Today was my most challenging reading and blogging day of the entire year. I'm extremely tired today, for reasons which I won't go into because it's a really boring story, and so I spent most of the day trying to stay awake enough to read today's book.
Today's book, "Preparations are in place for Charlotte Chayter's eightieth birthday party. She does not want all the fuss, but her daughter, Glenda, has made all the arrangements befitting the lady of the local manor house. Three of her four children still live in the neighborhood and will be there as well as her granddaughter Elvira, whom she has not seen in 10 years. Elvira was a wild child who lived with Charlotte when not at boarding school, instead of with her beautiful jet-setting mother. Charlotte is looking forward to seeing her prodigal granddaughter, while the rest of the family fumes over the fact that Elvira's mother will not attend. Elvira, 26, has her own reason for returning, and faces the family function with apprehension as she is not the hoyden they think she is. Charlotte isn't the least bit worried about Elvira; it's her own children and the problems and potential scandal surrounding them that concerns her. Hylton offers a glimpse behind the facade of the staid English gentry, steadily drawing readers into her rich family saga."
Shallow - and very tired - thoughts:
- I wasn't crazy about today's book. It wasn't horrible, but I didn't necessarily like it either. But please take that with a grain of salt dear readers because when I'm tired I become like a toddler, I dislike everyone and everything and all I want is to curl up with a blanket and watch cartoons. I'm going to put today's book on my list of books that I want to read again when the year is up, just so I can be sure if it's the book I disliked or just my mood affected how I felt about it.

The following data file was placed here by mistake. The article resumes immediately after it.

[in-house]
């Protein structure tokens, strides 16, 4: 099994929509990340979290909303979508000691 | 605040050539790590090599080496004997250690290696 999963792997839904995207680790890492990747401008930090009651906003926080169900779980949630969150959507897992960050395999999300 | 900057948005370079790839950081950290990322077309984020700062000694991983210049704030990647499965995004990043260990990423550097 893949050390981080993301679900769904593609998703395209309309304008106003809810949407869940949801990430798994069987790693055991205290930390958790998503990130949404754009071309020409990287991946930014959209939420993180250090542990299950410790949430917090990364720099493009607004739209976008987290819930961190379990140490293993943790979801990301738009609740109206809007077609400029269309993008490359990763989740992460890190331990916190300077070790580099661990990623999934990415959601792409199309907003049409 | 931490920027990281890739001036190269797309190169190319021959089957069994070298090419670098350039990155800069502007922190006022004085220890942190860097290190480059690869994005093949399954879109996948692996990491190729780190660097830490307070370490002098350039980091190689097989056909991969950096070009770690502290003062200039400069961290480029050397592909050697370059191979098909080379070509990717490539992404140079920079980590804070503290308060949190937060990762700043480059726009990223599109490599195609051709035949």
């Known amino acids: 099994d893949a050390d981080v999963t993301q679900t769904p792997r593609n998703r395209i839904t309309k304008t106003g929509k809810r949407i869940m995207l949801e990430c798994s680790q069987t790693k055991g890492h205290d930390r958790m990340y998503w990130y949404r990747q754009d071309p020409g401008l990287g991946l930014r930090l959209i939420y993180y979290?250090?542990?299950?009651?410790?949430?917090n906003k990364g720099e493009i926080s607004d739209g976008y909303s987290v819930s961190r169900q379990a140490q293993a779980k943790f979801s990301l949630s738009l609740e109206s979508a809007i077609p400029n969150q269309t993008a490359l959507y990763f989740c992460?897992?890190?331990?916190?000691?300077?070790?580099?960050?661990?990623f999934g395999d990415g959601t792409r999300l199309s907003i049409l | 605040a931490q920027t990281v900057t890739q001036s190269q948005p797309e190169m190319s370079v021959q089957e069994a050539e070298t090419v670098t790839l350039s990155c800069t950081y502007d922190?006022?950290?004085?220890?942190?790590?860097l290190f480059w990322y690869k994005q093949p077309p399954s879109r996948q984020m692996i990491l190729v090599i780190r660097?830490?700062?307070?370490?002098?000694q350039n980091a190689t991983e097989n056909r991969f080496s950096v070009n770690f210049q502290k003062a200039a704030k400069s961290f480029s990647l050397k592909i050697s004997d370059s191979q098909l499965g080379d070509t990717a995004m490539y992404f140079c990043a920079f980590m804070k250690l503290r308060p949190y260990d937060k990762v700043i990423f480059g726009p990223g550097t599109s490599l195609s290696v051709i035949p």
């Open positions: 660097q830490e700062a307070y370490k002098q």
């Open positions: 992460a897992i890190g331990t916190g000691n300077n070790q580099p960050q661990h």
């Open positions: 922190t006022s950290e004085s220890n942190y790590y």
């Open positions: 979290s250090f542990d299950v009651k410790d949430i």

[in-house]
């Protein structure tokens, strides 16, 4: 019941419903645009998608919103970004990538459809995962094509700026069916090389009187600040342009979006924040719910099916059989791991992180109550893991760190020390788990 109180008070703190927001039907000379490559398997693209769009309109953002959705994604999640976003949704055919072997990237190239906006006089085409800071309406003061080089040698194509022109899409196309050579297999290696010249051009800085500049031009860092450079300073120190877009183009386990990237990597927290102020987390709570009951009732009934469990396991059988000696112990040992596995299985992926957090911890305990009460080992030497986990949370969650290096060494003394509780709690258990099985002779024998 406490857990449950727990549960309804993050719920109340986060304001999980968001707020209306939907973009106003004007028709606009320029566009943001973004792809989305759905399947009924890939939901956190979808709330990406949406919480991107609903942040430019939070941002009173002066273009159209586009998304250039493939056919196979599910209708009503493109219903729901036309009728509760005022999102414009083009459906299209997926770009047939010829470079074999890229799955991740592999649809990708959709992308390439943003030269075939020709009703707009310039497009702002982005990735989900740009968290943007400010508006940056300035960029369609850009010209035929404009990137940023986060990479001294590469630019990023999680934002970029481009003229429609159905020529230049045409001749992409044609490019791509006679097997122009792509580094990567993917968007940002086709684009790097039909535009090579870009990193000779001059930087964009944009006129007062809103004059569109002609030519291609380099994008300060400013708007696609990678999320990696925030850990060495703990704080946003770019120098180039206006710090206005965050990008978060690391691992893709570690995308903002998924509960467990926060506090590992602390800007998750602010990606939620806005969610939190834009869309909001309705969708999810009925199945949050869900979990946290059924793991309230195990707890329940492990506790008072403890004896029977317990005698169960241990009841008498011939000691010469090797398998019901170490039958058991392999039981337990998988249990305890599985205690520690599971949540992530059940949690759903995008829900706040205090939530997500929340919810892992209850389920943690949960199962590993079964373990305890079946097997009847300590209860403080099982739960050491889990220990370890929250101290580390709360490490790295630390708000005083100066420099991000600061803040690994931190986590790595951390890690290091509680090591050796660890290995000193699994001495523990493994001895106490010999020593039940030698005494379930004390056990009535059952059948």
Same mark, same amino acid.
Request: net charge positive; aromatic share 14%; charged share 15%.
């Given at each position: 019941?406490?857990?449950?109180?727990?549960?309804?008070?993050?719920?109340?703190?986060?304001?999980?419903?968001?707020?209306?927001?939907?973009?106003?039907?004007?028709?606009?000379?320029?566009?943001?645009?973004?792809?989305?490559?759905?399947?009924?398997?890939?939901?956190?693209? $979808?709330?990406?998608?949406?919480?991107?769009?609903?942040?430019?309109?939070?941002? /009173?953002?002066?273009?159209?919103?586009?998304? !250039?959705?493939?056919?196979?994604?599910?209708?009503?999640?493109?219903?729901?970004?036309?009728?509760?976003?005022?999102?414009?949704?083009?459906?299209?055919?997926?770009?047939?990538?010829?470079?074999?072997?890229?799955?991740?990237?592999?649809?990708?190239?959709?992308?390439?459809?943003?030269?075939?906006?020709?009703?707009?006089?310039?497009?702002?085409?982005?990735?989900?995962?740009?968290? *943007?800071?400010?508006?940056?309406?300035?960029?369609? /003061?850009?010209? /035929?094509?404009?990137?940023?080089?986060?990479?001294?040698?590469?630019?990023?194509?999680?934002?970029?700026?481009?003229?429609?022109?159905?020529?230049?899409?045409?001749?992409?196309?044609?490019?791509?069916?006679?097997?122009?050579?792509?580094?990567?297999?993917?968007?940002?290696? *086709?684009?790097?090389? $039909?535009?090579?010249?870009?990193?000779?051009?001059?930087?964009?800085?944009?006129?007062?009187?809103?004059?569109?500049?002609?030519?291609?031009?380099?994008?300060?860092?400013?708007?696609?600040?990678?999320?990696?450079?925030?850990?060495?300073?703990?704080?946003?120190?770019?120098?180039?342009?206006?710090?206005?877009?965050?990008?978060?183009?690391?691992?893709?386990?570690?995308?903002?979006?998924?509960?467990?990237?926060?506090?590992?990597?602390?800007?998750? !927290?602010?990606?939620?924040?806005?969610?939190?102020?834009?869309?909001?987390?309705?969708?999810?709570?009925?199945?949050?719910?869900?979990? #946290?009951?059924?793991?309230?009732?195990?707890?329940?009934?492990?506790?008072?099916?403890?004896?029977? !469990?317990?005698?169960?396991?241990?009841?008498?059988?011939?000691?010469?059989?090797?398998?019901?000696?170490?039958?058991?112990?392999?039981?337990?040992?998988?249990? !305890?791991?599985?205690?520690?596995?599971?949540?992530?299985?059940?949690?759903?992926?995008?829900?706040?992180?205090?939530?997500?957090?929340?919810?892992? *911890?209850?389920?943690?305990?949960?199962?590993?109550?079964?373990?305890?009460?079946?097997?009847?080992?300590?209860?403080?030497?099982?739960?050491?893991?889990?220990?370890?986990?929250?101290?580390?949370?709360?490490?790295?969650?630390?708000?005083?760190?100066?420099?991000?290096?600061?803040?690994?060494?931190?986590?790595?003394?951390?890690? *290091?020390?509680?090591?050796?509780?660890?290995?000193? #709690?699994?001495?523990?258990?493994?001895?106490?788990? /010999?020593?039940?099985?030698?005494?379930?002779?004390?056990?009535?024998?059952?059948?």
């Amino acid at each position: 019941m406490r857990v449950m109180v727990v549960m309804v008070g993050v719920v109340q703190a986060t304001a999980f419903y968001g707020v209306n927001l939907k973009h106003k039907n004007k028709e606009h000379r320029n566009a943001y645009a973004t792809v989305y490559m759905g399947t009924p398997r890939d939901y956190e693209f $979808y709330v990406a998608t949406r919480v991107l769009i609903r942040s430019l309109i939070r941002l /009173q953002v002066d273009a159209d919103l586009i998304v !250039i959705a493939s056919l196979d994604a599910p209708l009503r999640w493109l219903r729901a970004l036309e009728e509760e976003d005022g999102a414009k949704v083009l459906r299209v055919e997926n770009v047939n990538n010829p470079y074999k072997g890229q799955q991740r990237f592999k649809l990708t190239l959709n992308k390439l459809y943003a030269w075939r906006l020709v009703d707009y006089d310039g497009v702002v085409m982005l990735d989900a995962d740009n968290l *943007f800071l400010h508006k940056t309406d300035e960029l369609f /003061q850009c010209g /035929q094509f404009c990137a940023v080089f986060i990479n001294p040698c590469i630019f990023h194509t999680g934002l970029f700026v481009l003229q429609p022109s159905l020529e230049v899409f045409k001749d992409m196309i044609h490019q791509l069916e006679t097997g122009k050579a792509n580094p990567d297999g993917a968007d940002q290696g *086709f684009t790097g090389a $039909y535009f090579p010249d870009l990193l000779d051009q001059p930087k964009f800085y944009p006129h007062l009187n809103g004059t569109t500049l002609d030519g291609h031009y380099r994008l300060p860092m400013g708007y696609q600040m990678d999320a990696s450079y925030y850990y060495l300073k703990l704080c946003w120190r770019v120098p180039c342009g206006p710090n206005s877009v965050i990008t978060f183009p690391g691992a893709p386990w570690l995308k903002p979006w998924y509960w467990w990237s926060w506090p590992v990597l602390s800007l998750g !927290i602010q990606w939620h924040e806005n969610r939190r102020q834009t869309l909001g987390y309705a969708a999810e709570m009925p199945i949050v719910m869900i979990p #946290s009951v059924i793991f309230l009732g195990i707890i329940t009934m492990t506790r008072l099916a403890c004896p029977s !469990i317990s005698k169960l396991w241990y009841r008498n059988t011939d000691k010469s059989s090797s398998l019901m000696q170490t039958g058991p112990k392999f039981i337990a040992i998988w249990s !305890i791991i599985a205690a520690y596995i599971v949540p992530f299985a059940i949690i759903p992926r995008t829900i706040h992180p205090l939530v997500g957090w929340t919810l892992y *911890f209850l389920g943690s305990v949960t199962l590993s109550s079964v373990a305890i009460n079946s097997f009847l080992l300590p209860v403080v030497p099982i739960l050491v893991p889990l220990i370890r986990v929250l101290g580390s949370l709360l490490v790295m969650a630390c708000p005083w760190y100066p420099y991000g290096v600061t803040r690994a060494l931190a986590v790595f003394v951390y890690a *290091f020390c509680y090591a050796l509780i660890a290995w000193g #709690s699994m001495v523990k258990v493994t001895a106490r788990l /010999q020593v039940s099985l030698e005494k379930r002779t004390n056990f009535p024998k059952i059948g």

- There was one part of the book that I'm sure I'll still dislike even when I'm rested, and that's the part where one character used the word-that's-not-really-a-word, allus in place of always. I can't stand it when authors use dialect to the point where it becomes cumbersome. That didn't happen too much throughout the book, but just enough to start to annoy me. But, thankfully the author refrained from trying to show us just how a cute a child is by making that character lisp. And for the record authors of the world, that might be cute on a real child, but it is NOT cute in any way with a fictional child.
- There were several points during the book when my lack of sleep really starting to become a problem. For instance, when I got to the sentence that mentioned a funeral and I couldn't remember reading the part about anyone dying - leaving me thinking, What? Someone died? When the hell did that happen? Needless to say, it became necessary for me to go back and reread some of the earlier chapters. I think medicine companies need to revise their recommendations for medications that produce drowsiness: Do not drive, operate heavy machinery, or read a book for your blog while taking this medication.